Guest column: The strength of hunter and angler voices in the methane debate
I've been an outdoorsman my whole life. From as soon as I could walk, I was outside playing in the woods, exploring streams and rivers, and finding myself fascinated with all the wonderful wildlife that I encountered. As I grew older and began to fish and hunt, I learned that to truly appreciate and value wildlife is to conserve it. When I harvest a deer or elk, I do so with the intention of utilizing that animal in providing healthy meat for my family. When I bring home a turkey from the woods around my Flagstaff home, I know that I won't simply toss it away because I might not be in the mood to pluck it. The same values apply when I’m on the water. I do not keep every fish I am lucky enough to catch and am very careful that most are returned to the water in a robust and healthy condition. As a hunter and an angler, it is my responsibility to practice conservation and good judgment anytime I’m in the woods or on the water. These are the same values that I'm raising my children with and I hope that these values will guide them through the rest of their lives.
As a western public land hunter, I have often seen the flaring of wellheads all along the horizon in oil-producing states. This routine burning of natural gas is a source of frustration for me because it is so antithetical to the hunting mentality of not wasting a precious resource. Oil and gas companies routinely flare gas to protect equipment or to discard gas when they aren’t able to transport it. The energy industry views this gas as a waste product, but it is in fact a valuable resource that is being carelessly thrown away.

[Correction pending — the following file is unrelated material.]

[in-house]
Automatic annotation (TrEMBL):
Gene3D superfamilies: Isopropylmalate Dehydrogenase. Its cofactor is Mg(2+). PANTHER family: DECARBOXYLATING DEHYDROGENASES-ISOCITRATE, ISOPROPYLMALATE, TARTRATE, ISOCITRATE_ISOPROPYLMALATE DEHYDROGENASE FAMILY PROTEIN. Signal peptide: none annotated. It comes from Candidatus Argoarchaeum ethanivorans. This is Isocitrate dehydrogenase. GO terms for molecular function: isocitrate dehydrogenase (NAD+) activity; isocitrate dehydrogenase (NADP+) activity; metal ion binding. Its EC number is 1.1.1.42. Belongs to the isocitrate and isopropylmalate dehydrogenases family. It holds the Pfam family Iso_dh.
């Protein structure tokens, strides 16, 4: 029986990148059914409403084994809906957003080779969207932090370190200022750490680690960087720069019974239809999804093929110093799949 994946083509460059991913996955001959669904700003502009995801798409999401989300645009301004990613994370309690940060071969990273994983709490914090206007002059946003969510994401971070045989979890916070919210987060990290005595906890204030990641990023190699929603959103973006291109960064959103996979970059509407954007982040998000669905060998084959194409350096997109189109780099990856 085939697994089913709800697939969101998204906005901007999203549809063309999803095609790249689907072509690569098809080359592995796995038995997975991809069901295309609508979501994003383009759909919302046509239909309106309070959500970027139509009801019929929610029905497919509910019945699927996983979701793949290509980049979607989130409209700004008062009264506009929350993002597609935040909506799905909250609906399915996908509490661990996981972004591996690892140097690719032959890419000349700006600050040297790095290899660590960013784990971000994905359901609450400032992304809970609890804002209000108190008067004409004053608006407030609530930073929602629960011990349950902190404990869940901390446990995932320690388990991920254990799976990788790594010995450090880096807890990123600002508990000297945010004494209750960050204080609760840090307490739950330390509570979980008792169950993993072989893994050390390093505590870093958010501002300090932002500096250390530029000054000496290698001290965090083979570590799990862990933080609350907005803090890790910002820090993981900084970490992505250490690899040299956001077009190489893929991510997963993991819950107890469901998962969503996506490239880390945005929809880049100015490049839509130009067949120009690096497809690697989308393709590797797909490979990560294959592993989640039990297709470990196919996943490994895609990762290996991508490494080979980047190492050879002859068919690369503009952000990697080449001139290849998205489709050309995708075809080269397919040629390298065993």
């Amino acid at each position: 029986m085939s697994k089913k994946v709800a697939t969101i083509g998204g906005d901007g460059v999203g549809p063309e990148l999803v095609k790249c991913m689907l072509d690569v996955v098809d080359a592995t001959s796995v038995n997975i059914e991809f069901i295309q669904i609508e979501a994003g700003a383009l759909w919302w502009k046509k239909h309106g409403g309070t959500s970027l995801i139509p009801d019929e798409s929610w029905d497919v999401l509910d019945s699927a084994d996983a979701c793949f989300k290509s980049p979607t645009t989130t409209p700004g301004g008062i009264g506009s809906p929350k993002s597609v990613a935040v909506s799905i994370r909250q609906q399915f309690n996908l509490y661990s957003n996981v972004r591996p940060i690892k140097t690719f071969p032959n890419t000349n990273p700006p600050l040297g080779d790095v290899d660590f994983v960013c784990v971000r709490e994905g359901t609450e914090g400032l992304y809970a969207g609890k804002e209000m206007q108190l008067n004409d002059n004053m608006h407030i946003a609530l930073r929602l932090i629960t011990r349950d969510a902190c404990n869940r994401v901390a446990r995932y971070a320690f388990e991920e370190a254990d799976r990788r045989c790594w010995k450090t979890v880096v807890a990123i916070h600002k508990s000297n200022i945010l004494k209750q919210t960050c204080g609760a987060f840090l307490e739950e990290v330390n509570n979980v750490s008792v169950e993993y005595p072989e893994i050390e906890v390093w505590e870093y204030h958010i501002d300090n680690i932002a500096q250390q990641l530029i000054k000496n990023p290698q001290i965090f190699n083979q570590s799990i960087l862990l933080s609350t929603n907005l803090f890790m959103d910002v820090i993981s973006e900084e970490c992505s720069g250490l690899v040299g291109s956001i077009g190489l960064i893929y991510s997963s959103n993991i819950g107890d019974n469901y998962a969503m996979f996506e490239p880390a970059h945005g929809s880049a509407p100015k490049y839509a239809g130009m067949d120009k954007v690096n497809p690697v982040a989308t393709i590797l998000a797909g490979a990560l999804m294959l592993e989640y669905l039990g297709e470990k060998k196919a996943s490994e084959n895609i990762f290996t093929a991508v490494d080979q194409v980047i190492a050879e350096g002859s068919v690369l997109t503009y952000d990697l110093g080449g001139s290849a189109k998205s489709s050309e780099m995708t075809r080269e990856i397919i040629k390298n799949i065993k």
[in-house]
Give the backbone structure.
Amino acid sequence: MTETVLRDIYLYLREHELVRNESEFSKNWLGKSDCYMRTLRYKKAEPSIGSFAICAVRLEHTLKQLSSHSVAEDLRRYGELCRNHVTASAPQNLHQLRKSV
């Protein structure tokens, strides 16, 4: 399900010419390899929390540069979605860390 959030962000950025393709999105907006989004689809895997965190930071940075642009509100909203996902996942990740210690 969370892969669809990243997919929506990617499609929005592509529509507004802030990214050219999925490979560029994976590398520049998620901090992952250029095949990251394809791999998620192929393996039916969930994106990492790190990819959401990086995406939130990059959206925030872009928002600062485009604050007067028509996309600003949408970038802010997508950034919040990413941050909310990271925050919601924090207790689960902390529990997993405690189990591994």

As a hunter, I am held to strict standards of conservation and waste reduction when it comes to the pursuit of game on public lands. So why are we allowing oil and gas companies to waste resources on those same lands?
Wasting natural gas isn’t just unethical, it is dangerous. Methane leakage and flaring is a major contributor to greenhouse gas emissions – methane is 85 times more powerful than carbon dioxide over a 20-year period.
Thankfully, the current administration is taking steps to address this issue and stop these harmful practices. The Bureau of Land Management is proposing to update its rules on methane waste and while it is a good start, it needs to be stronger. The agency is proposing to increase the royalties charged for flared gas, but there is no evidence that this will actually reduce flaring. The companies are focused on profits for shareholders and it is often cheaper for them to pay the royalties than to invest in proper equipment and infrastructure to reduce waste.
The Environmental Protection Agency is also proposing stricter protections to limit methane pollution from existing and new facilities. This would include monitoring and repairing of methane leaks and a ban on flaring unless there is no feasible alternative.
We can no longer afford to waste valuable natural resources and contribute to the degradation of our environment. As hunters and anglers, we understand the importance of conservation and the responsible management of our natural resources. It is time for the oil and gas industry to take a cue from our responsible practices and for the current administration to use all of its tools to enact strong methane solutions that will benefit our country for generations to come.
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